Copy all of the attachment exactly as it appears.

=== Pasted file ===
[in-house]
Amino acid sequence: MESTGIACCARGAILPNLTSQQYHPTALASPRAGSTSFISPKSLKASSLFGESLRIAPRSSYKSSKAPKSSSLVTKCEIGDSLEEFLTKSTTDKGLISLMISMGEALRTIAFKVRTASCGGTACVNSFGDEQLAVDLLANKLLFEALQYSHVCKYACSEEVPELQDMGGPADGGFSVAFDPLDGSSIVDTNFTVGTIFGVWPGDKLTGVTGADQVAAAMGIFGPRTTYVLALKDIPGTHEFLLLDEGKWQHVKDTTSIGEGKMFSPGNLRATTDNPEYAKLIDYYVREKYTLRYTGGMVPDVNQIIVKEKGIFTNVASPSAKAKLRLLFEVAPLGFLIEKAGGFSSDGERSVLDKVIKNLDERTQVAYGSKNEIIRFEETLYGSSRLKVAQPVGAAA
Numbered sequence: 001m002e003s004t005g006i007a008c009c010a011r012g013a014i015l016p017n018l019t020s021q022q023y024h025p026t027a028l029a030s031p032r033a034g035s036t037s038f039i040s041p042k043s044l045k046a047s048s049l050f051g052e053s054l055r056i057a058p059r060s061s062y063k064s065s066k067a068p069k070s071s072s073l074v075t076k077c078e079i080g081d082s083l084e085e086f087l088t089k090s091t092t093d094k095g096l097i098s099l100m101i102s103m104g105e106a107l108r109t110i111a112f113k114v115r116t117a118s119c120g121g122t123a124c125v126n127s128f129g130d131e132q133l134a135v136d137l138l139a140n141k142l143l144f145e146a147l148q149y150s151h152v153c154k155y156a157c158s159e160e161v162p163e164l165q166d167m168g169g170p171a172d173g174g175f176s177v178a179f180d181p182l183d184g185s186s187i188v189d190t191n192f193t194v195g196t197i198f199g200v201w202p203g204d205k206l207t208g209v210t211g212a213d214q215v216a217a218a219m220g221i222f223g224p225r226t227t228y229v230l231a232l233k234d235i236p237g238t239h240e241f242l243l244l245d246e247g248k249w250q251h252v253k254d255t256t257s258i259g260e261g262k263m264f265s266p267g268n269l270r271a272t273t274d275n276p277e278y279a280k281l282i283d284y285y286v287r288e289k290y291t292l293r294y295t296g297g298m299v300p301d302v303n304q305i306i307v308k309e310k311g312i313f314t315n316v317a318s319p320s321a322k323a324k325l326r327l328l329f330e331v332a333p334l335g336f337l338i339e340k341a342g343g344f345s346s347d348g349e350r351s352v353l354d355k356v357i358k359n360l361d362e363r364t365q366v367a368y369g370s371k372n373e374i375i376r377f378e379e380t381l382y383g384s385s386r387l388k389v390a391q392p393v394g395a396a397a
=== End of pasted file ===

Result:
[in-house]
Amino acid sequence: MESTGIACCARGAILPNLTSQQYHPTALASPRAGSTSFISPKSLKASSLFGESLRIAPRSSYKSSKAPKSSSLVTKCEIGDSLEEFLTKSTTDKGLISLMISMGEALRTIAFKVRTASCGGTACVNSFGDEQLAVDLLANKLLFEALQYSHVCKYACSEEVPELQDMGGPADGGFSVAFDPLDGSSIVDTNFTVGTIFGVWPGDKLTGVTGADQVAAAMGIFGPRTTYVLALKDIPGTHEFLLLDEGKWQHVKDTTSIGEGKMFSPGNLRATTDNPEYAKLIDYYVREKYTLRYTGGMVPDVNQIIVKEKGIFTNVASPSAKAKLRLLFEVAPLGFLIEKAGGFSSDGERSVLDKVIKNLDERTQVAYGSKNEIIRFEETLYGSSRLKVAQPVGAAA
Numbered sequence: 001m002e003s004t005g006i007a008c009c010a011r012g013a014i015l016p017n018l019t020s021q022q023y024h025p026t027a028l029a030s031p032r033a034g035s036t037s038f039i040s041p042k043s044l045k046a047s048s049l050f051g052e053s054l055r056i057a058p059r060s061s062y063k064s065s066k067a068p069k070s071s072s073l074v075t076k077c078e079i080g081d082s083l084e085e086f087l088t089k090s091t092t093d094k095g096l097i098s099l100m101i102s103m104g105e106a107l108r109t110i111a112f113k114v115r116t117a118s119c120g121g122t123a124c125v126n127s128f129g130d131e132q133l134a135v136d137l138l139a140n141k142l143l144f145e146a147l148q149y150s151h152v153c154k155y156a157c158s159e160e161v162p163e164l165q166d167m168g169g170p171a172d173g174g175f176s177v178a179f180d181p182l183d184g185s186s187i188v189d190t191n192f193t194v195g196t197i198f199g200v201w202p203g204d205k206l207t208g209v210t211g212a213d214q215v216a217a218a219m220g221i222f223g224p225r226t227t228y229v230l231a232l233k234d235i236p237g238t239h240e241f242l243l244l245d246e247g248k249w250q251h252v253k254d255t256t257s258i259g260e261g262k263m264f265s266p267g268n269l270r271a272t273t274d275n276p277e278y279a280k281l282i283d284y285y286v287r288e289k290y291t292l293r294y295t296g297g298m299v300p301d302v303n304q305i306i307v308k309e310k311g312i313f314t315n316v317a318s319p320s321a322k323a324k325l326r327l328l329f330e331v332a333p334l335g336f337l338i339e340k341a342g343g344f345s346s347d348g349e350r351s352v353l354d355k356v357i358k359n360l361d362e363r364t365q366v367a368y369g370s371k372n373e374i375i376r377f378e379e380t381l382y383g384s385s386r387l388k389v390a391q392p393v394g395a396a397a